And again, Celine Dion’s tour dates, on 5-6 April, could cause headaches.


Odds: 13/1

The First Direct venue can hold more than 13,000 and its slightly unusual amphitheatre layout may make this a good set-up for a TV event – it’s similar to Tel Aviv’s Expo arena, which held the contest in 2019 and was used for the inside of “Edinburgh”’s OVO Hydro in that Eurovision feature film. Leeds has become a bit of a dark horse among the host cities, with their councillors and regional mayor Tracy Brabin strongly supporting the effort.

In its bid the city has highlighted its connections to Ukraine as well as taking in Ukrainian refugees, and hopes this will be a selling point for what will be a very unique contest in 2023.

Leeds is the UK’s City of Culture in 2023, so hosting the world’s largest music show would be a great way to celebrate. It is well connected for international and national travel, with a big airport and well-used train station – but public transport within the city is lacking. The city currently has around 6,800 hotel rooms – well above the 2,000 needed.


Odds: 8/1

Liverpool’s bid is shaping up to be the surprise challenger to early favourite Glasgow.

The Mersey city has a world-famous musical heritage as well as the 11,000 capacity M&S Bank arena that hosted the BBC’s Sports Personality of the Year in 2017. Similar to Glasgow, it has a self-contained event centre on the dock that would make for easy access for press and delegations.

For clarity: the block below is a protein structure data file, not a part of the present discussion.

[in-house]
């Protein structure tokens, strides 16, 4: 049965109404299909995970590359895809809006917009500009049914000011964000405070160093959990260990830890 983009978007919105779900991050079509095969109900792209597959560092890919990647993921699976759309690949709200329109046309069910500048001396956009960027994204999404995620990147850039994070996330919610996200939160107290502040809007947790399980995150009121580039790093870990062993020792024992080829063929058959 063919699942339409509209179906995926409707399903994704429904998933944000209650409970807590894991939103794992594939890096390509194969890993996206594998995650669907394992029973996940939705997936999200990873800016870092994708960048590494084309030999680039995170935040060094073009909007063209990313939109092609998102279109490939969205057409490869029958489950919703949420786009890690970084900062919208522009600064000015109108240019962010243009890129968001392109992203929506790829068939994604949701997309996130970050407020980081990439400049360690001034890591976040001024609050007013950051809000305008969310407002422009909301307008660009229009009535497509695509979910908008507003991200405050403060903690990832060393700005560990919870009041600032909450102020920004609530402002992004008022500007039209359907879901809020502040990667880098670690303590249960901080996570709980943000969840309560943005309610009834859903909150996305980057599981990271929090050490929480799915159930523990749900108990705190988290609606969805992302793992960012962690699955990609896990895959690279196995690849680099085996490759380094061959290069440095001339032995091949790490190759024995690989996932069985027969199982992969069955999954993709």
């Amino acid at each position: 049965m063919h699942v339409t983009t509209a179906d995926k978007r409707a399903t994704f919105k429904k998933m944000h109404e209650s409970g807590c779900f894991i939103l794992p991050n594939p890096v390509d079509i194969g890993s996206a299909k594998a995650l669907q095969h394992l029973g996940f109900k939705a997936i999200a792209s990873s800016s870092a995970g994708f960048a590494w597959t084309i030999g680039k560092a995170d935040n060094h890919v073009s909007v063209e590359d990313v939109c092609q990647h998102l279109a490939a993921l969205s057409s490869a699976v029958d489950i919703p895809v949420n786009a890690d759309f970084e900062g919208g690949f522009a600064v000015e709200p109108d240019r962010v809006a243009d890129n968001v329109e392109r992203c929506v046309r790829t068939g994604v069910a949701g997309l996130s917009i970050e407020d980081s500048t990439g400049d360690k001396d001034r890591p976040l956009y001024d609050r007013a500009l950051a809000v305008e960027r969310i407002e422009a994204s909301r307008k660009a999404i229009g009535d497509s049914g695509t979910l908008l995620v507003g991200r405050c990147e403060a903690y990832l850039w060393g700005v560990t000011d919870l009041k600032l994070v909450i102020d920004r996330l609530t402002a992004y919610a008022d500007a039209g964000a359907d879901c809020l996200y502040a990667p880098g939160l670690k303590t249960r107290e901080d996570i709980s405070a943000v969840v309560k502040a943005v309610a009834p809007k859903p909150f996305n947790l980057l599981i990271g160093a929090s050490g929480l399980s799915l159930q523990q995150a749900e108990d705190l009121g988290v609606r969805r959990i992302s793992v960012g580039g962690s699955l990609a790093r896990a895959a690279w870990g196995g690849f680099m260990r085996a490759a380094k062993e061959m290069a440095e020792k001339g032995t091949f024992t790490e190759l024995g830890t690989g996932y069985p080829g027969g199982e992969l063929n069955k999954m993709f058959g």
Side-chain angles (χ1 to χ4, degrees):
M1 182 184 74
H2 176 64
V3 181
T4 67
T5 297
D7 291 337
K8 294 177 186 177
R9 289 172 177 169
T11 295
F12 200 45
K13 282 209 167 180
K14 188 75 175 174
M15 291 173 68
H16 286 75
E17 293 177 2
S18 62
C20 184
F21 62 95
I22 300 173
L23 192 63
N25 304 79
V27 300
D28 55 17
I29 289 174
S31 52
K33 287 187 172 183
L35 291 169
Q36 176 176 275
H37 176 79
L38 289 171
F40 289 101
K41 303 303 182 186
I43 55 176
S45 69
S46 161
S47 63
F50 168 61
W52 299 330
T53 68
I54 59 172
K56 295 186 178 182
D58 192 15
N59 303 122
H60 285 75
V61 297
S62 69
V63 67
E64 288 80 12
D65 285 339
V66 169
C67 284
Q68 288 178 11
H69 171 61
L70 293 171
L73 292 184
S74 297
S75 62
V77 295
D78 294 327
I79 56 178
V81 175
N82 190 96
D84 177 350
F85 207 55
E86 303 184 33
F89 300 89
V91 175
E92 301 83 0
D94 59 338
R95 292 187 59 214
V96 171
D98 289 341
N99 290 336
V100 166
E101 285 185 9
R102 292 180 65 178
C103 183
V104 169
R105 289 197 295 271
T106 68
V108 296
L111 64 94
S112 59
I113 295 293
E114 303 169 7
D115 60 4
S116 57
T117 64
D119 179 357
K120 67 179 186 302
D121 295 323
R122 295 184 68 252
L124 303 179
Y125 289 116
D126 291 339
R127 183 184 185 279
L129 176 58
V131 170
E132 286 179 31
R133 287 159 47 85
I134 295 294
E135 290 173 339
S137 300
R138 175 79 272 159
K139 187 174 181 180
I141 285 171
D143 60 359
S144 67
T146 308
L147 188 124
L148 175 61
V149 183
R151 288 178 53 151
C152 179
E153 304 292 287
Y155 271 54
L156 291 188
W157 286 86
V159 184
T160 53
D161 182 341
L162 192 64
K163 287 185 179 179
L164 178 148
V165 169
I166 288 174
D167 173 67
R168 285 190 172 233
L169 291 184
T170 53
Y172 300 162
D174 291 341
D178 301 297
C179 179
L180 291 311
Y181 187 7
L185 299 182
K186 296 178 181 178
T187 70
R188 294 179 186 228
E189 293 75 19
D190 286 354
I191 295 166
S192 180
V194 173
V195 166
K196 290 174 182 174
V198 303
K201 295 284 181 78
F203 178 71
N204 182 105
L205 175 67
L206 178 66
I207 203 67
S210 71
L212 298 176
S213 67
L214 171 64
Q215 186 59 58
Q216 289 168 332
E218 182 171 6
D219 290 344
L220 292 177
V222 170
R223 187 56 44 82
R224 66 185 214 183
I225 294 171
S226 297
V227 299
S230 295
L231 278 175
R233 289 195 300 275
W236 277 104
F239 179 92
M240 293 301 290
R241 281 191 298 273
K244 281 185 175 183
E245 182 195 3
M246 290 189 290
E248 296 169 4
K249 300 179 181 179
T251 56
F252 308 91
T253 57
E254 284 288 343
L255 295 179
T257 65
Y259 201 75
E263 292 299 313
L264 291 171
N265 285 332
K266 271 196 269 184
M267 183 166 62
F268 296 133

It has an international airport and more than 6,500 hotel rooms. With Manchester’s AO Arena under renovation, Liverpool could actually offer the north-west a more straightforward venue – not that that will help the famous rivalry between the two cities.

Liverpool does have the problem of a number of gigs booked into the arena in April – Elton John being the biggest name that might have to move his already much delayed “farewell” tour.

The city will want to highlight how it has taken in more than 300 Ukrainian refugees since Russia’s invasion, according to the latest Home Office figures.


Odds: 7/2

Fresh from hosting the 2022 Commonwealth Games, Birmingham has shown it knows how to stage a massive international event, but as the most recent British Eurovision hosts (in 1998) some might wonder if it isn’t time for someone else to have a go.

Still, it has two great arenas, Resorts World and Utilita, which both hold around 15,000 people – an international airport and great rail connections to the rest of the country as well as plenty of hotel room – so expect the city to be a strong contender.


Odds: 21/1

Newcastle announced a bid just before the deadline this week, putting forward the 11,000-capacity Utilita arena. While a much smaller city than the other bidders it is still well connected both with an international airport and train links with the rest of the UK. It also benefits from a good number of hotel rooms and good local public transport.

In its bid, the city highlighted its status as a city of sanctuary – where many refugees go to live – as well as its experience hosting international sporting events.


Odds: 34/1

Sheffield Arena’s 13,600-capacity offer is the outside bet to play host to Europe’s Eurovision fans in 2023. With an international airport in Doncaster and a good public transport network, as well as links to Manchester, Leeds and London it’s infrastructure is good – though, along with Newcastle, it is one of the smaller cities bidding to host the contest.

The city said it was coming together with its neighbours in South Yorkshire to broaden the bid to a wider area, which could help them in the final decision-making.

[See also: What does it mean for the UK to host the Eurovision Song Contest?]